March 18: Punta Arenas airport
    Our Patagonian adventure ends this morning after breakfast. There will be one group transfer to the airport in the morning. If you would rather return to El Calafate for more adventure or for your flight home, let us know and we can help you arrange it. (B)
  • $4595 (see this page for travel discounts) $400 deposit. A single supplement (only necessary if you want to be assured of a room to yourself) is $575. You can see our cancellation policies here.

    Trip Includes

    • Experienced guides, including a bilingual Argentinian guide and and Adventures in Good Company guide
    • 12 nights lodging: 6 in hotels or inns, 2 in mountain refuges, and 4 in full camps
    • Meals as detailed on the itinerary (12 breakfasts, 10 lunches, 10 dinners)
    • All van and bus transport within Patagonia
    • All activities on the itinerary, including the Viedma glacier walk
    • Gratuities for camp staff and guides who are with us for less than three days
    • Entrance fees to the National Parks
    • Airport transfers (on days included in the itinerary)
    Not included: international airfare to El Calafate and from Punta Arenas, guide gratuities (except as noted above), beverages, 1 lunch, 2 dinners, Argentina entry fee ($160), optional excursions
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  • Common Questions

    If you’ve never traveled with us before, you may have some questions about how we do things and what you can expect. We’ve answered the most common ones below and are always available by phone or email to answer any others.

    How do I pay for my trip?

    You can make the deposit by submitting a secure form with your credit card information after filling out the registration form or calling us with your card information. We will send you an invoice for the balance due with your Predeparture Information 4 months before an International trip and 3 months before a domestic trip. You can get a 3% discount for paying the balance by check.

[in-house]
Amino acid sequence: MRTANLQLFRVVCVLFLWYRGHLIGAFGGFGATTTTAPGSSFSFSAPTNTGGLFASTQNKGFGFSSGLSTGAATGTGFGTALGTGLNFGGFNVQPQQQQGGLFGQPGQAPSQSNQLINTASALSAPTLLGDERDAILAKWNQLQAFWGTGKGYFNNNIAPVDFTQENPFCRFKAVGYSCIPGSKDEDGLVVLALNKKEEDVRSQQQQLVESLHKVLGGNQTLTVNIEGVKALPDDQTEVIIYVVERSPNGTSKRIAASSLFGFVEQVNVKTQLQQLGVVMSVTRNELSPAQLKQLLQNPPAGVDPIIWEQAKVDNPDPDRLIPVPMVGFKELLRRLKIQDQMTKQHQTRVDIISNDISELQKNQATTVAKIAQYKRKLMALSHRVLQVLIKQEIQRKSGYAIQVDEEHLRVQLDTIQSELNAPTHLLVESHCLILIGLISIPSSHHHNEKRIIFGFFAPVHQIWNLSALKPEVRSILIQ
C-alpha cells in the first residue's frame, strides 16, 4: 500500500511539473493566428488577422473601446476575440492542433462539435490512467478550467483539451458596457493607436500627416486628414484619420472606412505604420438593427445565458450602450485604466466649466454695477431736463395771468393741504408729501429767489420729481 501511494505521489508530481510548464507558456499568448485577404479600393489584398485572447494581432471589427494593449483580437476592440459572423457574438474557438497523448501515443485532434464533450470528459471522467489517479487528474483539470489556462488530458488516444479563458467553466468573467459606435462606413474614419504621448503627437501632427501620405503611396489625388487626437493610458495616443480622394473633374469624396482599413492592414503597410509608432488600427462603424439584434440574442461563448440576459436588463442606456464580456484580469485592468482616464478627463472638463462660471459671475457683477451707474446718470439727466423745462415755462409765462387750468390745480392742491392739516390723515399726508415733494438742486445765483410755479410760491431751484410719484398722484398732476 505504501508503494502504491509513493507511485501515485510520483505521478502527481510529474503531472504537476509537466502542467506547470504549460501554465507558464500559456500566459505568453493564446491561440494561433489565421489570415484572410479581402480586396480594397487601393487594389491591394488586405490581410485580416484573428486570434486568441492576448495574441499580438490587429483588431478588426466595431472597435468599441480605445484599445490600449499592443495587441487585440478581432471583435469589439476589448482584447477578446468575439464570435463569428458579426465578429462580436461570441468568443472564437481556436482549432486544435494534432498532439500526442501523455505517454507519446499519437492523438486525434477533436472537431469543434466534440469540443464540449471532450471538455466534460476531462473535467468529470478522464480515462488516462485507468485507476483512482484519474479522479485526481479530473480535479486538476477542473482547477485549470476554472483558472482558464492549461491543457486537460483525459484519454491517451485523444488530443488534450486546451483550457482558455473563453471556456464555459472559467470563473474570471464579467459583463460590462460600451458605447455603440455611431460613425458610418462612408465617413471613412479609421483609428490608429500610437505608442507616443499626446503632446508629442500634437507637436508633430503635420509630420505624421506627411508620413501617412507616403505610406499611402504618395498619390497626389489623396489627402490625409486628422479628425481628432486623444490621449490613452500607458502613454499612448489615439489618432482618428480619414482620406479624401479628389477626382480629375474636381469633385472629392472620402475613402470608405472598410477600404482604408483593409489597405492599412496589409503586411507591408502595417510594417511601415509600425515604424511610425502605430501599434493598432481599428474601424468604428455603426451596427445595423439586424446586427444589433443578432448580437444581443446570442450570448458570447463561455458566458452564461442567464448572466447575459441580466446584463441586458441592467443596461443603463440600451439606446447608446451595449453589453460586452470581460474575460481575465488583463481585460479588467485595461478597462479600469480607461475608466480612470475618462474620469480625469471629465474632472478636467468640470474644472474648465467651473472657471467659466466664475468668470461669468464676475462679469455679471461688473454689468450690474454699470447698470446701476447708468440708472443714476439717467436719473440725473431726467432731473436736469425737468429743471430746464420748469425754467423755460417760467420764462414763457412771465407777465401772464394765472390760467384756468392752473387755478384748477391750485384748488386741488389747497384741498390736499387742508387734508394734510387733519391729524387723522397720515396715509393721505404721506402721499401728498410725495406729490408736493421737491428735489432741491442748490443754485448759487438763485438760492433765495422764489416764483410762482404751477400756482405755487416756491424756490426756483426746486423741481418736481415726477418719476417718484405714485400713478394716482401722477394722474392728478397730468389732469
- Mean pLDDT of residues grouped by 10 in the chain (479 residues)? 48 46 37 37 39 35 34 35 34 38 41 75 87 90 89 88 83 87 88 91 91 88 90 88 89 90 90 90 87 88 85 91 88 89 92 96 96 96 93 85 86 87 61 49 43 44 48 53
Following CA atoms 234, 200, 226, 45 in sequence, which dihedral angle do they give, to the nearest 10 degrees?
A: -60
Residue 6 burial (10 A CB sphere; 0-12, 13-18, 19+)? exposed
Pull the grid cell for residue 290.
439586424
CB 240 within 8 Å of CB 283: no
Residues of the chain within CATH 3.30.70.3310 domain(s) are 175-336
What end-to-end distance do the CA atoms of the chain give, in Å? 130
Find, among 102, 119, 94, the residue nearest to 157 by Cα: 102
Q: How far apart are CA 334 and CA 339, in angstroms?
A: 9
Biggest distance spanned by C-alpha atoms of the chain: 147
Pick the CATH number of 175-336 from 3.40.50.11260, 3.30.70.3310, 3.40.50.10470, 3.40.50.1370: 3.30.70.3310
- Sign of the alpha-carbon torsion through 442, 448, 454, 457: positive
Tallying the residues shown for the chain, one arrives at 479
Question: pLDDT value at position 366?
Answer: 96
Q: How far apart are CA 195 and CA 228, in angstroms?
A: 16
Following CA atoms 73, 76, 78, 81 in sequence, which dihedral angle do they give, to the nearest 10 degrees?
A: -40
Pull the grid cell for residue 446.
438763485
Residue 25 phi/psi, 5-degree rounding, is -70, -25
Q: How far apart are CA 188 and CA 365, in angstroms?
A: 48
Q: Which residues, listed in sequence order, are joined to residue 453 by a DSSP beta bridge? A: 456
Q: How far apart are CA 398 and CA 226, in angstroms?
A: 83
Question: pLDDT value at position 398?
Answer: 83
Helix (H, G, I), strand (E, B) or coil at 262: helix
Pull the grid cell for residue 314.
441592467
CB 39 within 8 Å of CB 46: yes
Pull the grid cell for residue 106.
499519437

What if I’m coming alone?

    The majority of women who travel with us come by themselves. If you want to pay a single supplement to guarantee your own room, or if you want to share a room with someone with whom you are traveling, you can indicate that on the registration form. Otherwise we randomly assign roommates and rotate every time we change lodging – it’s a great way to get to know different women on the trip.

    Can you accommodate special diets?

    It depends on both the trip and on your specific needs. With advance notice, we can accommodate most dietary restrictions or allergies on our domestic trips, including vegetarian, vegan, and gluten intolerant. This is not always true on international trips, so please contact us in advance if you have specific dietary needs. We've found that if you are willing to bring some of your own snacks and a couple of items to supplement what is on the menu (peanut butter is always good!) and possibly have less variety than you are used to at home, then dietary needs usually are no obstacle. If in doubt about your specific dietary needs, especially if you have Celiac disease, please give us a call (877/439-4042) or send us an email.

    What if I have to cancel my trip?

    The amount of your refund depends on how close to the trip you cancel and whether it is a domestic or an international trip. You can read our cancellation policies here. We highly recommend travel insurance because cancellations are always unexpected; we will send you additional information about insurance when you register.

    Will my family be able to get in touch with me in case of an emergency?

    Yes, we always send out emergency contact information. On a few trips, because of limitations in communication, the best approach is to give them the office number and let us make the contact.